Milberg sets out comprehensive arguments in favour of technology assisted review

I do not often look at an article and wish that I had written it, but that was my reaction to a comprehensive piece written by a team from law firm Milberg. Called Technology Assisted Review from the Plaintiffs’ Side (Milberg specialises in class actions against major corporations to judge by its home page), it begins by comparing our ready acceptance of some technology – remotely-performed heart surgery, spaceships on Mars, the victory of IBM’s Watson over the best Jeopardy players – with lawyers’ unwillingness to accept that advance search technology has any part to play in eDiscovery search.

They go on:

Yet we resist public acceptance of the notion that computer analytics can, at least in large cases with masses of electronic data, identify documents relevant to a lawsuit more effectively than lawyers composing lists of keywords. And despite abundant evidence, some lawyers do not want to accept that a computer running complex algorithms can locate key documents more reliably than a roomful of humans — a species that still considers perfect game play at tic-tac-toe to be a notable achievement.

That the legal profession is notoriously slow to adopt new technologies is hardly breaking news. However, the resistance among current practitioners to even consider the use of technology-assisted review, especially in large complex cases, is a particularly confounding episode of techno-legal disconnect. Even more confounding is the resistance to engage in open dialogue about the possibility of using TAR to facilitate cooperative, efficient, and expeditious discovery.

Instead of quoting the whole thing at you (I could, you know – it is that good), I just suggest that you read it. It is a comprehensive survey of the arguments and authoritative sources, case law and practical observations about methodology, including the all-important point about seeking approval from opponents (rather more important than that of the court perhaps) and agreeing a protocol.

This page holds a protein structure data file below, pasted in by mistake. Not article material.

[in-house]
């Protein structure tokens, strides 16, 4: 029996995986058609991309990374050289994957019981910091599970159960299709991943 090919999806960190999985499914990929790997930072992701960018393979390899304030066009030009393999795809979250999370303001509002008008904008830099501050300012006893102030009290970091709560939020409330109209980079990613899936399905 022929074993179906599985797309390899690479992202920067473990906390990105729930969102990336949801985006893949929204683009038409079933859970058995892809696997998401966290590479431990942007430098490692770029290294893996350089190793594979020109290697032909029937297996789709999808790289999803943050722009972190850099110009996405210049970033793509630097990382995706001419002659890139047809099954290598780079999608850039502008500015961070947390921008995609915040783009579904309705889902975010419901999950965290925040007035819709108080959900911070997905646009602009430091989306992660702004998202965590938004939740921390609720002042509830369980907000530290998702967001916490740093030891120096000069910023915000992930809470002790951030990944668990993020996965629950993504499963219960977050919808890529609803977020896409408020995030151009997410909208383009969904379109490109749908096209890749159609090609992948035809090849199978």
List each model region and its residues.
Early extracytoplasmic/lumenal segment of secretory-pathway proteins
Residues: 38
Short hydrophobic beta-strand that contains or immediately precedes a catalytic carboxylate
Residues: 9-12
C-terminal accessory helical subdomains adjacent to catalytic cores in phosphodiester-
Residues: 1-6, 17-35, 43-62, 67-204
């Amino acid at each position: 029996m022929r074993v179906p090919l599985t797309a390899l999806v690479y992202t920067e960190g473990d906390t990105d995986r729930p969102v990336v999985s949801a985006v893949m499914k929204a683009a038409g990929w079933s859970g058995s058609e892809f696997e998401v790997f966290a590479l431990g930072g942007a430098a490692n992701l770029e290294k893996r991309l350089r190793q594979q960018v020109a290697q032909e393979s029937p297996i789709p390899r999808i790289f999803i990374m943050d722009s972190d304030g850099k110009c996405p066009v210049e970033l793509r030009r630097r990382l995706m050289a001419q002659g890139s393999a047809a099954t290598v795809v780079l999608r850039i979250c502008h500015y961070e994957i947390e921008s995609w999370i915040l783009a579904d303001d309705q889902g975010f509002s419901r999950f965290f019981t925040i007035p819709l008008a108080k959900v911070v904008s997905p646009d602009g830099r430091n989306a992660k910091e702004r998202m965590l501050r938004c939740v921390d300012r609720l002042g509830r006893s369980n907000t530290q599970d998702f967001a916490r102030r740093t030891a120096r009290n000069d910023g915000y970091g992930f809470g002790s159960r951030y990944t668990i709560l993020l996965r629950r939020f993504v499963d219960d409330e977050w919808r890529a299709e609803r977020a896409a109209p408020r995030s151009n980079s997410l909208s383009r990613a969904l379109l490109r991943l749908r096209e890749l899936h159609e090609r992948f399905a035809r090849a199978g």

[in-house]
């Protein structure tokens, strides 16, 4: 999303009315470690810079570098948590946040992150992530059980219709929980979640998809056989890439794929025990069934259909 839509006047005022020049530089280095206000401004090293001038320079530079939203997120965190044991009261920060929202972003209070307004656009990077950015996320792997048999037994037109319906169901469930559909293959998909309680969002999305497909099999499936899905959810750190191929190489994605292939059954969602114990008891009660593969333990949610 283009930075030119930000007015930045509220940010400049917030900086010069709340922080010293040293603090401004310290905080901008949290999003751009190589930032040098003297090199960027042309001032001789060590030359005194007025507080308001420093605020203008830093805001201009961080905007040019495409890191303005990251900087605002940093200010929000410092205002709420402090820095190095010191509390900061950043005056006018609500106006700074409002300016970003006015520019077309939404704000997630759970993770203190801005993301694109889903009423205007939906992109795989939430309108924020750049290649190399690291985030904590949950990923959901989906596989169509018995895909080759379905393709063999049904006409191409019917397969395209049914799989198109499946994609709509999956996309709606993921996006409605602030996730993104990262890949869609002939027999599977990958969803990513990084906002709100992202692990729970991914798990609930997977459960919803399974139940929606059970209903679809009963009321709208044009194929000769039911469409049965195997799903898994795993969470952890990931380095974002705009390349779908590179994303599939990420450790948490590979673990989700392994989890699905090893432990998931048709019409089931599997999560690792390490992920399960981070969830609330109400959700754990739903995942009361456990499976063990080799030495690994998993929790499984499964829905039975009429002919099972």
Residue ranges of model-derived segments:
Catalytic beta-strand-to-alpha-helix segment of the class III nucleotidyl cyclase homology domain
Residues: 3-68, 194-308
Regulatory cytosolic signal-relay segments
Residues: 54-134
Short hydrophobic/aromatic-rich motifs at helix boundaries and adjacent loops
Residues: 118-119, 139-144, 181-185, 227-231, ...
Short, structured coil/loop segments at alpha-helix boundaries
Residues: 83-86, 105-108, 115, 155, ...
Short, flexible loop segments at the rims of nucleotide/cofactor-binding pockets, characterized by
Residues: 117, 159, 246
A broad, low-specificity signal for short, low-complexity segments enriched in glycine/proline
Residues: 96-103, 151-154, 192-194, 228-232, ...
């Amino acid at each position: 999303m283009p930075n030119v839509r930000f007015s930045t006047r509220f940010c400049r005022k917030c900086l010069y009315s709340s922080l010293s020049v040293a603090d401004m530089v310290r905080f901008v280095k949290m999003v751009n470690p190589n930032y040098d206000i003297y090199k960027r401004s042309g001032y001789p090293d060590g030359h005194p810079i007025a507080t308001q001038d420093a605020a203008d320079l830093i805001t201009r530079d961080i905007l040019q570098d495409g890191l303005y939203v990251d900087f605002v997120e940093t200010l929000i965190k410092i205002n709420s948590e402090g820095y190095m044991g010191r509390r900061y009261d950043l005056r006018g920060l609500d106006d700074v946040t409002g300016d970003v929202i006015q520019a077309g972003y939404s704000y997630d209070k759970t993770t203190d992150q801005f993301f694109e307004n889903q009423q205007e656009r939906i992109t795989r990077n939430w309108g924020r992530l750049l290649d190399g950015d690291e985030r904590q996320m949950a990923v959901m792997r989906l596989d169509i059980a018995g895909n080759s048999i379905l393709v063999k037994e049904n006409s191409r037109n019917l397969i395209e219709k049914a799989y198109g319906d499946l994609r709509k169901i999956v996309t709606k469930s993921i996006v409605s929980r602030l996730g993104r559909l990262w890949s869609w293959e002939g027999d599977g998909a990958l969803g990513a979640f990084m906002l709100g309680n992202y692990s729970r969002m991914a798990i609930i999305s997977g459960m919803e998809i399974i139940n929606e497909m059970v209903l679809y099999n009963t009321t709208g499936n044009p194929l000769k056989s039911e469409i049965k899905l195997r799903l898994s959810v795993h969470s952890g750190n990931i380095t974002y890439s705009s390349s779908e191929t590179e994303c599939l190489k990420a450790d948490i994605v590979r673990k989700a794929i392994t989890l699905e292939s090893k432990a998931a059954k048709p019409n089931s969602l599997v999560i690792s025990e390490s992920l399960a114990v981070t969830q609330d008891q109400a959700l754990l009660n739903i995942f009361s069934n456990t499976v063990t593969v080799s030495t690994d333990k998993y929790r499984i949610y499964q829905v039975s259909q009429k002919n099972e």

It ends with an observation similar to one which I make often – that competence in the provision of legal services require an understanding of the technology which is available to help constrain the time and expense of eDiscovery. The clients are likely to get there first, the point with which the article ends:

The era of TAR is upon us; resistance is futile, not to mention counterproductive. Parties failing to use TAR in appropriate cases are squandering time and money. To be considered competent under the recently amended ethical rules, practitioners must keep abreast of emerging technologies. To provide excellent legal services in today’s environment, deeper knowledge of TAR tools is essential, along with the practical experience to implement them properly. Not every litigator can be an expert in e-discovery technologies. But every litigator should know when to find one.

This point is supported by a quotation from the recent RAND Report Where the Money Goes: Understanding Litigant Expenditures for Producing Electronic Discovery, one of the many resources, judicial observation and cases referred to in the footnotes:

While the prospect of losing that revenue may cause some counsel to hesitate, the clients that stand to benefit most from TAR are sufficiently sophisticated and well-informed that they will soon adopt TAR with or without current counsel.

A comment by Johannes Scoltes of ZyLAB rounds off this last point:

Without TAR, it will be impossible for law firms to be competitive in the very near future.

I agree. Read the Milberg article and then see if your old assumptions still stand up. If they do not, then make a call to one of the providers of predictive coding software and related services and ask for a look. They won’t charge you for a demo and they will do it over the web if you don’t have time for a meeting. It would be – how can we put this as moderately as possible? – neglectful not at least to know what these applications can do.

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